In Potsdamerplatz there are plans to build a modern art museum, crammed in between the Neue Nationalgalerie and the Philharmonie, home to the Berlin Philharmonic. Meanwhile, the overhaul of the Deutsche Staatsoper, where Daniel Barenboim is music director for life, is likely to be completed, fingers crossed, next autumn.

Culture everywhere! Or perhaps that should be Kultur, which has a slightly different meaning in Germany. They take these things more seriously, and there is no hint of bogus populism. In London, plans for a new concert hall have been shelved. Sir Peter Hall’s words remain true: “England is a philistine country that loves the arts.”

 

European neighbours

When Germans speak of freedom, wrote A J P Taylor, a historian who seems to have fallen from favour, they mean the freedom to be German. No longer. When modern Germans speak of freedom, they observe it through the filter of the European Union.

But nation states are shaped by different forces. “We are educated to be obedient,” a Berlin friend who spent a year at an English school once told me. “You are educated to be independent.” To turn around Taylor’s dictum: when the English speak of freedom,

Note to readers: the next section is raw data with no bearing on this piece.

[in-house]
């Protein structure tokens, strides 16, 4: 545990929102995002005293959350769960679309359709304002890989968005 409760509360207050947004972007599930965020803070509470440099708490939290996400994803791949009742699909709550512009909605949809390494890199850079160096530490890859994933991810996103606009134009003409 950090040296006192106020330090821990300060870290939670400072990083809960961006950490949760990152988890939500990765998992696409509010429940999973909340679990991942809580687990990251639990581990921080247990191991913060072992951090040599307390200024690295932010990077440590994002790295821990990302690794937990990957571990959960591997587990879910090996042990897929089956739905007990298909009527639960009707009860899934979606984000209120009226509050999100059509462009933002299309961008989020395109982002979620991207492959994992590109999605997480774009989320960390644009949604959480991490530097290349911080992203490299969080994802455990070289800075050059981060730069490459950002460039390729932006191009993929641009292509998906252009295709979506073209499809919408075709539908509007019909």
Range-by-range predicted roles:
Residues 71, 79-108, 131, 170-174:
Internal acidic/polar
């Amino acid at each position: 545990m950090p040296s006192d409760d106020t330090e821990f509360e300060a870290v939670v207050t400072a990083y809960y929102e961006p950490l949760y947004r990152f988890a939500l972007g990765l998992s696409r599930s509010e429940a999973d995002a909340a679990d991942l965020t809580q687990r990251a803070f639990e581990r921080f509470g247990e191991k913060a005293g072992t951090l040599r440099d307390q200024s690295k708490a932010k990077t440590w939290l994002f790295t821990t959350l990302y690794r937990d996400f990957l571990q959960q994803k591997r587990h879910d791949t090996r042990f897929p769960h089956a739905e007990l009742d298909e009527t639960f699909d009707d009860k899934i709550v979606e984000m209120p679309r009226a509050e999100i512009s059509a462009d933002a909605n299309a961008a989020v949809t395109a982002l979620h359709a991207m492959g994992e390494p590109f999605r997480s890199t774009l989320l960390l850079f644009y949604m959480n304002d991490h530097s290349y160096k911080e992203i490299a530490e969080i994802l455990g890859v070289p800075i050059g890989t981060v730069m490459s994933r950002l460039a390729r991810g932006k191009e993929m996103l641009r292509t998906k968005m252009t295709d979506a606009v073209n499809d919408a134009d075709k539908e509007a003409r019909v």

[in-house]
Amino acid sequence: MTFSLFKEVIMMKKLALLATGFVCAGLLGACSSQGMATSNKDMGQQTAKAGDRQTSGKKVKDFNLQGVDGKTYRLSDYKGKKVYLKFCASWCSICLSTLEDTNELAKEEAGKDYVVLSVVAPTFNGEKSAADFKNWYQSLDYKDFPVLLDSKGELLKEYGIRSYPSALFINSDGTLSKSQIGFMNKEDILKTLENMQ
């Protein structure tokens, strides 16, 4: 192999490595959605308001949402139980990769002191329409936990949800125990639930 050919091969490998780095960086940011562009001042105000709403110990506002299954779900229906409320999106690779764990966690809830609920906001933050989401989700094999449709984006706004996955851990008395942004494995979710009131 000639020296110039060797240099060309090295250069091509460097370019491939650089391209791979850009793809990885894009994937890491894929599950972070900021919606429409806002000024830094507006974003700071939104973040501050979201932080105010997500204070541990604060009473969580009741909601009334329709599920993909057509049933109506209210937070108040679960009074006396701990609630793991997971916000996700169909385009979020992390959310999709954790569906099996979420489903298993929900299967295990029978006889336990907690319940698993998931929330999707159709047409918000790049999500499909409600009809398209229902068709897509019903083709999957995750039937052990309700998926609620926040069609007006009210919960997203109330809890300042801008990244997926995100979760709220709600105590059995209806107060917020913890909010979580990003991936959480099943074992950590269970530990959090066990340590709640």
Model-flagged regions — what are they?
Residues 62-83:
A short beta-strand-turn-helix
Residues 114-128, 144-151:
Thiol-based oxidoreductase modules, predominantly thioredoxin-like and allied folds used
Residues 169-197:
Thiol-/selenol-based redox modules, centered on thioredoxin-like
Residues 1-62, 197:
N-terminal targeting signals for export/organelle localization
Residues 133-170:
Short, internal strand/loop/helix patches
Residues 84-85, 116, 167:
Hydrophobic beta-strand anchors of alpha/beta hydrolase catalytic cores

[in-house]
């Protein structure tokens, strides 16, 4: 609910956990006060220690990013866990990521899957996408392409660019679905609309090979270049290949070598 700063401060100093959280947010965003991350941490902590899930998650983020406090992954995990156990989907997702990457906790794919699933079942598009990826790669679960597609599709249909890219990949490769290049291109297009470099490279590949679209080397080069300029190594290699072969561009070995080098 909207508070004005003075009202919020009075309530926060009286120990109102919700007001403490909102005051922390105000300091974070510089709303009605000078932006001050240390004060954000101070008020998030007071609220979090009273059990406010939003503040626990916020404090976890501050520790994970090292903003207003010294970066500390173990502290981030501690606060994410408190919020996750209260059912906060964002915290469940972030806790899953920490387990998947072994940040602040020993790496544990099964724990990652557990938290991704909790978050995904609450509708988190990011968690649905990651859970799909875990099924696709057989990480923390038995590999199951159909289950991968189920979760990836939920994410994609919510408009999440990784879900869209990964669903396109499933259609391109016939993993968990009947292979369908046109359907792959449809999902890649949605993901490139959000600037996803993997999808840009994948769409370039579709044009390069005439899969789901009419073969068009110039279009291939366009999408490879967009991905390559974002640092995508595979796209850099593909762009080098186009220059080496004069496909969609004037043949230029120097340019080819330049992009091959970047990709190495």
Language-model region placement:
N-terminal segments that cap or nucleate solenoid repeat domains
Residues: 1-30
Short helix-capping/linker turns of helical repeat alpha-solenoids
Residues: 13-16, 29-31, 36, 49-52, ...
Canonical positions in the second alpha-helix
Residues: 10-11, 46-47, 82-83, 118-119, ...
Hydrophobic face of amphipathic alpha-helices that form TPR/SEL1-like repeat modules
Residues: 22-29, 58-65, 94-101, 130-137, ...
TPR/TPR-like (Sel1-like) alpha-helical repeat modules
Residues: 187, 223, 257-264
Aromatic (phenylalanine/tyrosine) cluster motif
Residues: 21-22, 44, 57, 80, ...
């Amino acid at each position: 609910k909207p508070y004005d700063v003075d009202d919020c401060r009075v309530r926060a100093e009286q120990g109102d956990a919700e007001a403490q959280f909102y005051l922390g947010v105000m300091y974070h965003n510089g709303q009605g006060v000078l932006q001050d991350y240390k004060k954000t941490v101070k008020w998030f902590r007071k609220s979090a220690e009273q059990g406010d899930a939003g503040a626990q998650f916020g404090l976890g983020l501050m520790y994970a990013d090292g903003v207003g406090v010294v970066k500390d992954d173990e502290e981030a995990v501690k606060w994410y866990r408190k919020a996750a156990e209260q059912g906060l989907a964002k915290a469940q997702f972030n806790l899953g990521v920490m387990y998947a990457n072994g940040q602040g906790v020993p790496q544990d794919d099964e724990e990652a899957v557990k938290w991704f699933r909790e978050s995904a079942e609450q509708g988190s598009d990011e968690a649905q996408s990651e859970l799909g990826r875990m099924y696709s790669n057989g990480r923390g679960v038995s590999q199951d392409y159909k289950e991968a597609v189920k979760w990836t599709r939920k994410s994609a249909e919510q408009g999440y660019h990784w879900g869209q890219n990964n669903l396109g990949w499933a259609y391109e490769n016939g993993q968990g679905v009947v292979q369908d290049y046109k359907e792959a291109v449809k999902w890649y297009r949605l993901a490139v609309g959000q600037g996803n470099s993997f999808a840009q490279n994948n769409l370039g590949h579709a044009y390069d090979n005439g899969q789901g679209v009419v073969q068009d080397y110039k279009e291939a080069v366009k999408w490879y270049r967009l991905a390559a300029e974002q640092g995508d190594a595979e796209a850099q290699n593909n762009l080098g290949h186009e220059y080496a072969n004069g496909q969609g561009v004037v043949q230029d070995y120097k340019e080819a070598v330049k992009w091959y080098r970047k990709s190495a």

they mean the freedom to be English.

No matter what you may have heard, the Germans have always admired our independence of spirit. We shall, however, always see “Europe” in different ways. Europe, good: we can all agree on that. The European Union, not so good. It doesn’t mean we have to fall out, and the Germans are good friends to have.

 

Hook, line and sinker

There are fine walks to be had in the west, too. In Charlottenburg, the Kensington of Berlin, the mood is gentler, yet you can still feel the city humming. Here, there are some classic places to eat and drink – the Literaturhauscafé for breakfast and, for dinner, Marjellchen, a treasure trove of east Prussian forest delights. Anything that can be shot and put in a pot!

For a real Berlin experience, though, head at nightfall for Zwiebelfisch, the great tavern on Savignyplatz, and watch the trains glide by on the other side of Kantstraße. Hartmut Volmerhaus, a most amusing host, has been the guvnor here for more than 30 years and there are no signs that his race is run. The “Fisch” at twilight: there’s nowhere better to feel the pulse of this remarkable city. 

This article first appeared in the 01 December 2016 issue of the New Statesman, Age of outrage